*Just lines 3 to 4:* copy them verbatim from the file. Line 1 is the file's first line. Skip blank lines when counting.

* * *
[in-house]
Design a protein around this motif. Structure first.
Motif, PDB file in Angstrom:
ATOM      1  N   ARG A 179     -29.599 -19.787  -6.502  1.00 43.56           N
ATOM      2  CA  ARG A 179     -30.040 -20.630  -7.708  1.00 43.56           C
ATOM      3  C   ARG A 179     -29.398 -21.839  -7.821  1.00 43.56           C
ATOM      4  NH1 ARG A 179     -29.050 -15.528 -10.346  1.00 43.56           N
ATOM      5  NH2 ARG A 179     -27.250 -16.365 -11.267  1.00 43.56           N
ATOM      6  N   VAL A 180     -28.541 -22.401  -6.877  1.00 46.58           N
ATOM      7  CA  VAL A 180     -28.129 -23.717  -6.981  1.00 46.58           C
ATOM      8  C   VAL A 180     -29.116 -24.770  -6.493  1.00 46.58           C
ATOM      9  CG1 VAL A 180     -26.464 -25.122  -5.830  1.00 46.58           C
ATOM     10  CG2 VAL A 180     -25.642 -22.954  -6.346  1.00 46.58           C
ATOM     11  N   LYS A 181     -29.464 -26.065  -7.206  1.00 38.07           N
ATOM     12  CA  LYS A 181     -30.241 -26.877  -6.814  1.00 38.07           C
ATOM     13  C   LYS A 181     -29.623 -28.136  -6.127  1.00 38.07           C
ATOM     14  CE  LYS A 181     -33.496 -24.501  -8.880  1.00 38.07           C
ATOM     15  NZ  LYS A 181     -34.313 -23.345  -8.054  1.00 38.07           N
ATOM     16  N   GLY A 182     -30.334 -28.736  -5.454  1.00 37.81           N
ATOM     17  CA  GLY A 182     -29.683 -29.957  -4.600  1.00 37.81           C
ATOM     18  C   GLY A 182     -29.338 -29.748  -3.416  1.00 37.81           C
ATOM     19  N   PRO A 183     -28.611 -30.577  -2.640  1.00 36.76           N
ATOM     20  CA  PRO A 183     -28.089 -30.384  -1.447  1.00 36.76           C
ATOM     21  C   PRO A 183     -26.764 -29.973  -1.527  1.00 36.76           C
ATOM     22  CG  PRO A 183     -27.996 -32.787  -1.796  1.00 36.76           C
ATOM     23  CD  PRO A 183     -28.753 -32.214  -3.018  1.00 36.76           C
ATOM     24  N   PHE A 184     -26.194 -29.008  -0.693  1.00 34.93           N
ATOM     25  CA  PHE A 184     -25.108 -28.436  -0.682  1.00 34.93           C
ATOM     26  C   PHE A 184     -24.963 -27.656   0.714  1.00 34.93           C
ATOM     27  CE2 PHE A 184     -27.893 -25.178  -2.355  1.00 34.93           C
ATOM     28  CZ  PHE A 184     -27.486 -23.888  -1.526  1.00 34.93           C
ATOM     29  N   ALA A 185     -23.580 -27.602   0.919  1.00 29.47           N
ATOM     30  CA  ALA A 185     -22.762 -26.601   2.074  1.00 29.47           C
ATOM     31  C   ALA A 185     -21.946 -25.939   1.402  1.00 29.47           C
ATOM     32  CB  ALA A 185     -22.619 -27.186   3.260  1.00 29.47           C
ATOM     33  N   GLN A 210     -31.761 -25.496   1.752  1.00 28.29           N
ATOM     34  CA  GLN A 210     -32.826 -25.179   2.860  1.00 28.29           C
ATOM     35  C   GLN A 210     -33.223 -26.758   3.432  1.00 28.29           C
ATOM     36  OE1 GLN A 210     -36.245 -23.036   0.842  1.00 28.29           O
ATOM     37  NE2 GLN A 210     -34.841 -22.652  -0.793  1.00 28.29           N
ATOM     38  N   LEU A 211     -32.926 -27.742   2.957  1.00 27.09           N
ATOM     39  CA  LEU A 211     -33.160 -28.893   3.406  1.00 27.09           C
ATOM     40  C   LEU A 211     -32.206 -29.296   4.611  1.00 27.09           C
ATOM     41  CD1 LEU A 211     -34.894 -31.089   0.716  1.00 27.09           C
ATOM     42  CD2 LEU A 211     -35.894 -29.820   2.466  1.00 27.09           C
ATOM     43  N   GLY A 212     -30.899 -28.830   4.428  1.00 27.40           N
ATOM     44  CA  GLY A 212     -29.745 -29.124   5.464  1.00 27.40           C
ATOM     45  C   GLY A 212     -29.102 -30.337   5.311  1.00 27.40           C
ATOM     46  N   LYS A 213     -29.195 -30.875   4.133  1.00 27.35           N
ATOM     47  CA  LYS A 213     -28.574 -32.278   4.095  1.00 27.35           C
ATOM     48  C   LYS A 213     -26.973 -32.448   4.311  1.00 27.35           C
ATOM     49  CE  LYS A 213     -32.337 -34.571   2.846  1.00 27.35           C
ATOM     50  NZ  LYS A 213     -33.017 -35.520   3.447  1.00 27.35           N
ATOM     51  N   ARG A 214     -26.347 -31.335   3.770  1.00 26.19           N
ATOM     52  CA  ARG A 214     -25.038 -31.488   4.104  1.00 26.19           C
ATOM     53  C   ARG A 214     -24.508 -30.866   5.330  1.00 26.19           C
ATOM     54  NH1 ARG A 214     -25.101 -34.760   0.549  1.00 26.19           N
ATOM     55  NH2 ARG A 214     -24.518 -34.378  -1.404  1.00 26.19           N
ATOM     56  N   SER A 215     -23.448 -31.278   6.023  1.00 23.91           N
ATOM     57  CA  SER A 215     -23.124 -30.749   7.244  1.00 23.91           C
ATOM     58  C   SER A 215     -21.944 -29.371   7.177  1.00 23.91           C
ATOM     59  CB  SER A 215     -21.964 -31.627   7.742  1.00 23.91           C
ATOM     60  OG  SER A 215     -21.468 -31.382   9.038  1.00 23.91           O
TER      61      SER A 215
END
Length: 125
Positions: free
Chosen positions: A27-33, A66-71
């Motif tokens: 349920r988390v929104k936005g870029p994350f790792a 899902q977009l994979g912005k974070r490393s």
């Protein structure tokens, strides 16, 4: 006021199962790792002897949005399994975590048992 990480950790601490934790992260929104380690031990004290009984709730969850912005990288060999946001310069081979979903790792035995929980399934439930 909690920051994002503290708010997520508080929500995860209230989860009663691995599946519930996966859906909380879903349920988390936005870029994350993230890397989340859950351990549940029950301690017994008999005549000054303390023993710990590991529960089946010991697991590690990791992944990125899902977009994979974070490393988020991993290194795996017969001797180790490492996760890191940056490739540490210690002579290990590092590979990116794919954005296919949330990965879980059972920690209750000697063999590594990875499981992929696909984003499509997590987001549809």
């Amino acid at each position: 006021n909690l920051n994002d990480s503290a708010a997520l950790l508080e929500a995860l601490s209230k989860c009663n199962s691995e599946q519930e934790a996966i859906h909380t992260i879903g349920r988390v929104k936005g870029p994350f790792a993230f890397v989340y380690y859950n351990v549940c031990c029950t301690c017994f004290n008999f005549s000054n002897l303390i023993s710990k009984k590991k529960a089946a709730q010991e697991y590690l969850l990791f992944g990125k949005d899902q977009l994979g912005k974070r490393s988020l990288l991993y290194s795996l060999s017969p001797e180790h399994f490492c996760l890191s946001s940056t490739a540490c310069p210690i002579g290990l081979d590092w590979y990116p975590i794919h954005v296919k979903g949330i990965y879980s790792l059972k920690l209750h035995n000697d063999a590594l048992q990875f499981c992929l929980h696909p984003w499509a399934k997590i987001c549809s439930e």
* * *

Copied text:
Motif, PDB file in Angstrom:
ATOM      1  N   ARG A 179     -29.599 -19.787  -6.502  1.00 43.56           N